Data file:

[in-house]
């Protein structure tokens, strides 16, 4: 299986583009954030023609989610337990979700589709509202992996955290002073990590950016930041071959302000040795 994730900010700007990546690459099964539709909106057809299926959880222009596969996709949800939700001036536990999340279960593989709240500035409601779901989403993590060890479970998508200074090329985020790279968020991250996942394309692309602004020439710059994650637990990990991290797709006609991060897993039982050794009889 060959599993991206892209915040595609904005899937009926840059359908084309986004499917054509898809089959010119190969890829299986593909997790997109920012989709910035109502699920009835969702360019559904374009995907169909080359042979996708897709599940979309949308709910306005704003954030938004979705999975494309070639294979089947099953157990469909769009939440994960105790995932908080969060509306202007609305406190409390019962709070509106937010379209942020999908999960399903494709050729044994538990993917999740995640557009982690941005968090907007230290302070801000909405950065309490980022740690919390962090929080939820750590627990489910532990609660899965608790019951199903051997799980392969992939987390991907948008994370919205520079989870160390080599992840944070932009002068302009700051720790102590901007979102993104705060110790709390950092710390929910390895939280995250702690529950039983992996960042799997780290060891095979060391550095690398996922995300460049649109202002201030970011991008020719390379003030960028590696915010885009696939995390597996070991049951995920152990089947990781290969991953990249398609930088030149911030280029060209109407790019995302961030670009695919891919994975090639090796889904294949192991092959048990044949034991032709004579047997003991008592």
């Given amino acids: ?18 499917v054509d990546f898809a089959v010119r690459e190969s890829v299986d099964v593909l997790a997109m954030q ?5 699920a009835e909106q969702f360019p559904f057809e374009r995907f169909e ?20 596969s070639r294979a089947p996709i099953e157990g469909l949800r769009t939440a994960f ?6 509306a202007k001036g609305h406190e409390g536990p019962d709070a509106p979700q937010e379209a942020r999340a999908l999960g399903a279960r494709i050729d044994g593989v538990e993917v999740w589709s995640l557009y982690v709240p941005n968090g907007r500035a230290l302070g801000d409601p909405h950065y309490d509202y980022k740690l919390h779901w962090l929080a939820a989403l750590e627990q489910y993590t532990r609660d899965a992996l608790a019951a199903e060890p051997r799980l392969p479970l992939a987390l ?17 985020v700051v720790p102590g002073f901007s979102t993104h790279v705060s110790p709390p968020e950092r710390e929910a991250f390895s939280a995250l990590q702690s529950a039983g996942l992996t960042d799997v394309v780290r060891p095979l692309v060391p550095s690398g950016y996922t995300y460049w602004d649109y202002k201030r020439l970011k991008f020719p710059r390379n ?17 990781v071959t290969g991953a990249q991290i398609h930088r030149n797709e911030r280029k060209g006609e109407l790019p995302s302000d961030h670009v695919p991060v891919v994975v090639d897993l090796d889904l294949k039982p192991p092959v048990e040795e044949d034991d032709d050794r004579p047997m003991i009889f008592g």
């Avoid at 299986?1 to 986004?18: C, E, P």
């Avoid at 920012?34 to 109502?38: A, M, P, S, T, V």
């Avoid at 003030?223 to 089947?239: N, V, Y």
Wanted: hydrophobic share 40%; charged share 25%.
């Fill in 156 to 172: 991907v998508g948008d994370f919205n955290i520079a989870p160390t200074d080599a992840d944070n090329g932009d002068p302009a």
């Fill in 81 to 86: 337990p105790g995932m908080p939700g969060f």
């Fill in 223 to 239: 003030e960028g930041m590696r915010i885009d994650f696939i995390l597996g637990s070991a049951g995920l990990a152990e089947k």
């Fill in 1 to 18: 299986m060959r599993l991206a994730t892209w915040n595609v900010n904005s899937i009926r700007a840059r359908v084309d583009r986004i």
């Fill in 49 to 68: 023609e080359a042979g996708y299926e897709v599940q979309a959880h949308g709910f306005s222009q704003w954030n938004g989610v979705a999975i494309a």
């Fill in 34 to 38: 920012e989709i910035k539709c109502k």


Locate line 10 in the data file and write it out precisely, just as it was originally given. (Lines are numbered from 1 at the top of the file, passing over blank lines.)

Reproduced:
């Fill in 223 to 239: 003030e960028g930041m590696r915010i885009d994650f696939i995390l597996g637990s070991a049951g995920l990990a152990e089947k």